Interestingly, in a study by Santiago et al., down-regulation of NK cell activating receptors NKG2D and NKp46 and a failure of full granule release was observed on contact of NK cells with A. fumigatus hyphae [59]. They also reported A. fumigatus-mediated NK cell immune-paresis which reduces cytokine-mediated response causing immune evasion during pulmonary aspergillosis [59]. Characterization of the clinical impact of NK cells in antifungal host immune response is still in its nascent stage as it involves complex interplay between multiple arms of the immune system [60].

6.7 Dendritic cells

Dendritic cells (DCs) bridge the innate and adaptive immune responses. They not only sense and patrol the lung environment but also initiate host response by antigen presentation which primes the T cell responses and causes cytokine secretion. Immature DCs are phagocytic and constantly perform surveillance of the lung environment while expressing PRRs like TLR 1, 2, 3, 4, 6 and Dectin-1 on cell surface that recognize various pathogen-associated molecular patterns (PAMPs). After phagocytosis, A. fumigatus conidia have been reported to escape from DCs, whereas some species like A. terreus persist with long-term survival, protecting them from anti-fungal action [49].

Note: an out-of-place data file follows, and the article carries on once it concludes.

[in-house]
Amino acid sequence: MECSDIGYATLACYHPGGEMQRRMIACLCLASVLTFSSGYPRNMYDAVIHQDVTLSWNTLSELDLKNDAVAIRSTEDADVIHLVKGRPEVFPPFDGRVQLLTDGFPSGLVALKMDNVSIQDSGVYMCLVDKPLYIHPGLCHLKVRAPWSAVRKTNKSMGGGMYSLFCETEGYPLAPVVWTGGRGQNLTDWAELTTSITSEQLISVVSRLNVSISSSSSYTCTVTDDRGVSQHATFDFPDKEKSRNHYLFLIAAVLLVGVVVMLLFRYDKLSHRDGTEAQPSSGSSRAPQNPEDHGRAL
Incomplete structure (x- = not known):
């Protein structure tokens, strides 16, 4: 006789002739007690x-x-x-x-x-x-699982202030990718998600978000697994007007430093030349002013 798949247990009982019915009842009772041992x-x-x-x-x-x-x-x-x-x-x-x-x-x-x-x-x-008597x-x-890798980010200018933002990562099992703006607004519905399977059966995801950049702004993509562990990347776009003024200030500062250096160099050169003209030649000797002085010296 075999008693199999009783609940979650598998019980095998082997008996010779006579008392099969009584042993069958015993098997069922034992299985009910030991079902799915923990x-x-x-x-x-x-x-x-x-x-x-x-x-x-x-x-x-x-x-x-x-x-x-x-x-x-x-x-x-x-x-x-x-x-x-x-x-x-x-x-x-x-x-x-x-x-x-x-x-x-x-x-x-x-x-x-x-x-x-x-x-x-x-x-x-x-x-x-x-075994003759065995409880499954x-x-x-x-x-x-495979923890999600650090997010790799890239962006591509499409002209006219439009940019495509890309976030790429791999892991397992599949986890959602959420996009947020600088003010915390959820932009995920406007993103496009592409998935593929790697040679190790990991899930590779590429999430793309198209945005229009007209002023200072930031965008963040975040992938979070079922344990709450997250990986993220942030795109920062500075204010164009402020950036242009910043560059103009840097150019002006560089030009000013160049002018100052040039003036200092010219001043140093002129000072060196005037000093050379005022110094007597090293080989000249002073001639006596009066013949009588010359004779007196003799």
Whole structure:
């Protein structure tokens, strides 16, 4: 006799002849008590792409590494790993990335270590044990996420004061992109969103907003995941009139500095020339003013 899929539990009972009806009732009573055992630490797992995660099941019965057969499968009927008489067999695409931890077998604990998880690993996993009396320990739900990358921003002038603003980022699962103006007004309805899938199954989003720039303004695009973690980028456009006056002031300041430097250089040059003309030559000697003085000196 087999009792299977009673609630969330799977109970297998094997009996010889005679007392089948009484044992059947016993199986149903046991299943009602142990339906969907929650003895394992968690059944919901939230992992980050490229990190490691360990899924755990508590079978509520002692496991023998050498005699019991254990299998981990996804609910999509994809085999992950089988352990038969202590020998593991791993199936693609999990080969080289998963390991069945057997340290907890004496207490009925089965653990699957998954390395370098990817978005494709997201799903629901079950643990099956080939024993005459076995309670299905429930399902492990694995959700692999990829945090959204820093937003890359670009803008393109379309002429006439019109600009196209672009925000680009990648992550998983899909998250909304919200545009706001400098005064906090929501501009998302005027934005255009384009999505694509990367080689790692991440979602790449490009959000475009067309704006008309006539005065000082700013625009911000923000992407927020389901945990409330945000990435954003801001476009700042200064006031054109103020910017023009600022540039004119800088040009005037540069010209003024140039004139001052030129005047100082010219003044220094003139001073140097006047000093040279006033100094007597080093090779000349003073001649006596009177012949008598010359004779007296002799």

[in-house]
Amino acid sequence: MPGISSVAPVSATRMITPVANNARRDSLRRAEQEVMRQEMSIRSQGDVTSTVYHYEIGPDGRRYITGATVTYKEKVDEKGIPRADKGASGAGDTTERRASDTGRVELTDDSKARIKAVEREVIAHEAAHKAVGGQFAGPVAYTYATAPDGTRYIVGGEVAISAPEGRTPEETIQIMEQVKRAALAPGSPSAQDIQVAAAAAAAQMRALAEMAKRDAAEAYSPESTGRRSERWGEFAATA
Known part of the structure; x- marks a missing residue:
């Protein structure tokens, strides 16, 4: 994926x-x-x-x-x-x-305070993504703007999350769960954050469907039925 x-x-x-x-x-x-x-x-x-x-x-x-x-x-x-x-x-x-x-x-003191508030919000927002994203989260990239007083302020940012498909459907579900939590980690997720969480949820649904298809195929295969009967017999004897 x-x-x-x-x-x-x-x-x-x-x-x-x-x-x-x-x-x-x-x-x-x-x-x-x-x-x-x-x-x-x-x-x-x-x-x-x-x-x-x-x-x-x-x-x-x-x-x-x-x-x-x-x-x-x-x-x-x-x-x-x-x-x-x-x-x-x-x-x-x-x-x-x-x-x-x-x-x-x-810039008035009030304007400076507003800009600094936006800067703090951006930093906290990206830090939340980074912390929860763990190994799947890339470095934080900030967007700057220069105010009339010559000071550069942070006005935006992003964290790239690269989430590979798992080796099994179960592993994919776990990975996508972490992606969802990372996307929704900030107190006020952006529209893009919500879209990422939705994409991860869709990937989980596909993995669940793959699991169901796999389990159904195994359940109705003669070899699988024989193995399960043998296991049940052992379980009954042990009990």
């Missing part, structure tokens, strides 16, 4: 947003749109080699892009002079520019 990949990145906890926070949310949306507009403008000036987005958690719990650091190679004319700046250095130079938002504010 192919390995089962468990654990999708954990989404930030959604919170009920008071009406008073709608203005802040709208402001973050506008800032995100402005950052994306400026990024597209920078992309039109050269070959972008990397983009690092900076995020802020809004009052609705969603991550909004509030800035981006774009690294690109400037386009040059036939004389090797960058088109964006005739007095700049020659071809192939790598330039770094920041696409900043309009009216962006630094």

Typically, DCs are of two types, the plasmacytoid (pDCs) which are IFNα (type I interferon)-producing cells with a significant role in antifungal response and Classical (cDCs) which remain in the lymphoid tissue and cross-present antigens to T cells [61]. There is considerable plasticity in the functional activity of pulmonary DCs depending on the morphology of invading fungus [62].

  1. Although DCs internalize both conidial and hyphal form of A. fumigatus, internalization of conidia occurs by coiling phagocytosis while entry of hyphae occurs by zipper-type phagocytosis. Also, phagocytosis of conidia is via involvement of a C-type lectin receptor while CR3 together with FcγR mediate the entry of opsonized hyphae.